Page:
I’ve also quickly worked out the amount of tax I pay and the National Insurance contributions my employers contribute to the Exchequer’s coffers. When you take into account all the other non-health related services I use then, hurrah, I’m almost certainly a drain on the nation’s finances! I’m so proud to be diabetic!

Category: Living with diabetes Tags: ,

About Tim

Diagnosed with Type One when he was 28, Tim founded Shoot Up in 2009. For the diabetes geeks, he wears a Medtronic 640G insulin pump filled with Humalog and uses Bayer’s Contour Next Link blood glucose meter.

12 thoughts on “How much does diabetes cost?

  1. Mike

    Hi Tim

    I thought I would through in my own costing solely for Accu Chek Aviva Test Strips. Here in Spain they retail @ €43,59. That works at around 37 GBP (don’t have a pound sign on my keyboard).

    Per annum things would work out @ 994 GBP based on 4 tests per day.

    I was diagnosed back in 1998, so that for the last 11 years I would have coughed up close to 11,000 pounds if it were not for the UK NHS and Spanish NHS.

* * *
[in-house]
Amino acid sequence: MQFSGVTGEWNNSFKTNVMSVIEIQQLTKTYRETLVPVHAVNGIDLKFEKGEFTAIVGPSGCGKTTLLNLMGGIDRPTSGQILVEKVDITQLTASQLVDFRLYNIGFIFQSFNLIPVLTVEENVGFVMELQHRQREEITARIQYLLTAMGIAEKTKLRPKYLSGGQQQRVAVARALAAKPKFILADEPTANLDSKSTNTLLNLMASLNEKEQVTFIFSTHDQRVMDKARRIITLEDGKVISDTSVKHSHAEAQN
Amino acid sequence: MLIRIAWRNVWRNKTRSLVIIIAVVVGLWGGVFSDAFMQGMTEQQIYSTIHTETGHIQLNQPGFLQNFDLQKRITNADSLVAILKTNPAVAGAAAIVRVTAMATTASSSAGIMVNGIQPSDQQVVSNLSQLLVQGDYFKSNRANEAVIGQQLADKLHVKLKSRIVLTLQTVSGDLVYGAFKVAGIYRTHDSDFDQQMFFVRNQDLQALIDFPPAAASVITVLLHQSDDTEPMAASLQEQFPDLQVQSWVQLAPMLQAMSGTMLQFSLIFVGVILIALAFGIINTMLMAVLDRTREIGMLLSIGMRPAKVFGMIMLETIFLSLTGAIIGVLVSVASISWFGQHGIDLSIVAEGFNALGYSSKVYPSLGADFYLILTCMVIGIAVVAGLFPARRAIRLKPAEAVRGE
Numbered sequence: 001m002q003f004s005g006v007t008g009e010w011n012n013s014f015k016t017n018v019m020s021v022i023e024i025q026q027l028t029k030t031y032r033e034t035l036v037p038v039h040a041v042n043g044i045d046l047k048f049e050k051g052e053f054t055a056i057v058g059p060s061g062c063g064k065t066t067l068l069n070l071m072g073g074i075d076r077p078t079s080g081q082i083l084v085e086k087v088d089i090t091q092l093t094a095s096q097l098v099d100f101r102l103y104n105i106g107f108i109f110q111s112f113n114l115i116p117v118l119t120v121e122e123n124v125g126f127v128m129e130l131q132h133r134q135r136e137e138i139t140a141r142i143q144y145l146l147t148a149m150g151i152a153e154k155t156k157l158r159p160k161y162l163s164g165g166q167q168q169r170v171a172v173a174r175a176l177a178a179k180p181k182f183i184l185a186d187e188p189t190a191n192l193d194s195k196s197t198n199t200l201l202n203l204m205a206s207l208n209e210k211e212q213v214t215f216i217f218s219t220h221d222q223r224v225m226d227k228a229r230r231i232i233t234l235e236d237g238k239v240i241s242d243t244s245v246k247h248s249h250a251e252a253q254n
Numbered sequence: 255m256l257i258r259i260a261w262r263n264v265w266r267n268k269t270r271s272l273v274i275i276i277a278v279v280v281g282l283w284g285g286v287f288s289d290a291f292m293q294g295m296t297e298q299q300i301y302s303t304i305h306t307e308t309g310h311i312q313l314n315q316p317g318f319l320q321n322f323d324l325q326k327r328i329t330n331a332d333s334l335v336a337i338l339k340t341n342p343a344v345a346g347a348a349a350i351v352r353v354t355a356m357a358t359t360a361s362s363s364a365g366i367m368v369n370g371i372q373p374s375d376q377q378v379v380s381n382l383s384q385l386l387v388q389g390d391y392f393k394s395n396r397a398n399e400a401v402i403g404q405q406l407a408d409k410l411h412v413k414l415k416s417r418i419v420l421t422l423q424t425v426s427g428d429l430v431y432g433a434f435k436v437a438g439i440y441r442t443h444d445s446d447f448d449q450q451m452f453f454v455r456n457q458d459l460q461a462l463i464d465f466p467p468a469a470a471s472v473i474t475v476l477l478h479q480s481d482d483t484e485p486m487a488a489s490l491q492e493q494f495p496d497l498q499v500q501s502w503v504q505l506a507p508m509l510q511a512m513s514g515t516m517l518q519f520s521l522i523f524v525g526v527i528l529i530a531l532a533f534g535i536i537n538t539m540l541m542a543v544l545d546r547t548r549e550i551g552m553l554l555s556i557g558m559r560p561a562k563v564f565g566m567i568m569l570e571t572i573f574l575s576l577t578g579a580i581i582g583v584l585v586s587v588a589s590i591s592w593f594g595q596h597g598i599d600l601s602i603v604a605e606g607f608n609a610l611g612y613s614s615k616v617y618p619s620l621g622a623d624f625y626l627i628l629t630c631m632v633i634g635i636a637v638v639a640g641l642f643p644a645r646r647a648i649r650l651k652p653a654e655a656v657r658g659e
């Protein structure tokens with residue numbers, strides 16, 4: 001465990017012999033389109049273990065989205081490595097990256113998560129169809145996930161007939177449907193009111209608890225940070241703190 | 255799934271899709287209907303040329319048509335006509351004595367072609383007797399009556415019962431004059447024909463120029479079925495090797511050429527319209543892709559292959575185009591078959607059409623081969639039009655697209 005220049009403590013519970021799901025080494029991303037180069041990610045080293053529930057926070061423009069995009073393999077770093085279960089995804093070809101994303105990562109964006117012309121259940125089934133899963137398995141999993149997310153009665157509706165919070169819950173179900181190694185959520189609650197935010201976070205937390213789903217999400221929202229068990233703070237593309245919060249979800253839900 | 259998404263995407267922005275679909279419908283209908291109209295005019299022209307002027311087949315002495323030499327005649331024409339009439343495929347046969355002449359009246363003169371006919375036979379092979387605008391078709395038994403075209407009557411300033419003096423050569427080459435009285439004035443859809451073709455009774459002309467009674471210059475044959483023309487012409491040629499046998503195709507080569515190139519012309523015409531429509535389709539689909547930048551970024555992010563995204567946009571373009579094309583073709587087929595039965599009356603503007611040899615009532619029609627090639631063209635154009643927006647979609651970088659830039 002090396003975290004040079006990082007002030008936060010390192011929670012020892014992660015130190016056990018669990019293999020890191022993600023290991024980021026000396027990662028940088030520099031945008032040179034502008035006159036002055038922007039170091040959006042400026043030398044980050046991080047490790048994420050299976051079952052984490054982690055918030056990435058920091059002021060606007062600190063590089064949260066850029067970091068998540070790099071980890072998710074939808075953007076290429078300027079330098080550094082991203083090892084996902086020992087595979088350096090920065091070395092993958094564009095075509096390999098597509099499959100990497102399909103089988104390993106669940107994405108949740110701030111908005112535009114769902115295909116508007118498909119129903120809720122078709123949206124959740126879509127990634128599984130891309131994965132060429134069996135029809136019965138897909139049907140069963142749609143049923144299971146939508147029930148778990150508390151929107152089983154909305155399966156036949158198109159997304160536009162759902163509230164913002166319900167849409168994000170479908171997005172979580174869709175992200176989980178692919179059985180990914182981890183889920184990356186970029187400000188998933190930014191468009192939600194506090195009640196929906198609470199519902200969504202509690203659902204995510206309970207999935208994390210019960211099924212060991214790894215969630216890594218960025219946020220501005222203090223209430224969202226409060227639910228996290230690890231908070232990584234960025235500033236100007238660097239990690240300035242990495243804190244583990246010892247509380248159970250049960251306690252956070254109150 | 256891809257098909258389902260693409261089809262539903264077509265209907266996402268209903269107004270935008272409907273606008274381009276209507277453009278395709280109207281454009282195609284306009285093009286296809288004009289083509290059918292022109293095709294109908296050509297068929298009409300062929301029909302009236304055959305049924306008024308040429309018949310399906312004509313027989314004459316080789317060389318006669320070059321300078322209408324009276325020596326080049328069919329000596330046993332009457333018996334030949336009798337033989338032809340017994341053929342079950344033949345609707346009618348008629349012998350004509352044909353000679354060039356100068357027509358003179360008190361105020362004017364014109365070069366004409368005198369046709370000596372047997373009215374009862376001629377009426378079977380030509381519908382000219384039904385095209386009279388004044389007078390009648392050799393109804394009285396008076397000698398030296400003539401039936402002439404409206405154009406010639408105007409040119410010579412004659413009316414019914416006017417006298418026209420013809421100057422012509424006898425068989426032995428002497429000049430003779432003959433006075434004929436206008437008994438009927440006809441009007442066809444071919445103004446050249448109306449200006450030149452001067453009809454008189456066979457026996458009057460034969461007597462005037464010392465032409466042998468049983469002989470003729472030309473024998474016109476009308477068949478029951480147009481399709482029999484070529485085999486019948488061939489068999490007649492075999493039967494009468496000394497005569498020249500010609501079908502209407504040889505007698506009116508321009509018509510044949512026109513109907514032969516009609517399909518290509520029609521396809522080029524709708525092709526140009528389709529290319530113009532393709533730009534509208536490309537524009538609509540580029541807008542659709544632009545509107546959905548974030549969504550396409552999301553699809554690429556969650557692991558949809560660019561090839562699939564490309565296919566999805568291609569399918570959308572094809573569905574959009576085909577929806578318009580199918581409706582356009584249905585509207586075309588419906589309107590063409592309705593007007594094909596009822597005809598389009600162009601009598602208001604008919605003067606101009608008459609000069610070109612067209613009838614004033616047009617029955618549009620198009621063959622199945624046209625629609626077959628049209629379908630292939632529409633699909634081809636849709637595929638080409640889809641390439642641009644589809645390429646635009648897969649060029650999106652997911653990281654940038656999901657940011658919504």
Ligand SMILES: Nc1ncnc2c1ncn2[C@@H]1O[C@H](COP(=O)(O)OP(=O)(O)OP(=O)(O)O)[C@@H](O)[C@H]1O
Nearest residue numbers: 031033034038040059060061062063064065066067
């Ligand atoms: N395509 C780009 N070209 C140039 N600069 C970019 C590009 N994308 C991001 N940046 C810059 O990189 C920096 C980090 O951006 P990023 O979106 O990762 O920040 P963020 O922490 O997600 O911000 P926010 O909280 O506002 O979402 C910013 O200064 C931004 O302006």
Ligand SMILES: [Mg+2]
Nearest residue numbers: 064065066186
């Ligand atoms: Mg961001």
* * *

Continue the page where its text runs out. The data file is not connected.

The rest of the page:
Luckily the costs are subsidised for me (box of 50 costs me 45 cents), but many others will be forking out for these per month in addition to insulin with Novo Rapid in Pen-fill @ €46 and Lantus @ approx €65 for a box of 5 pens. That works out pretty expensive.

    I know so guys in the US had a social media event with Roche and one of the big questions that arose during the conversations was the cost of test strips.

    I can’t believe for one minute that a single test strip costs 74p to make????

    Think a test crusade is in order.. 🙂

  2. Ckoei

    Here in South Africa my measly monthly pound of flesh would amount to +/- £75 if I bought everything at a big metropolitan discount pharmacy. Specifically, a 5-pack of Lantus Solostar costs £48,08 , needles are £0,19 apiece and test strips (Accu-Chek Active) weigh in (too heavily*) at £15,02 the vial.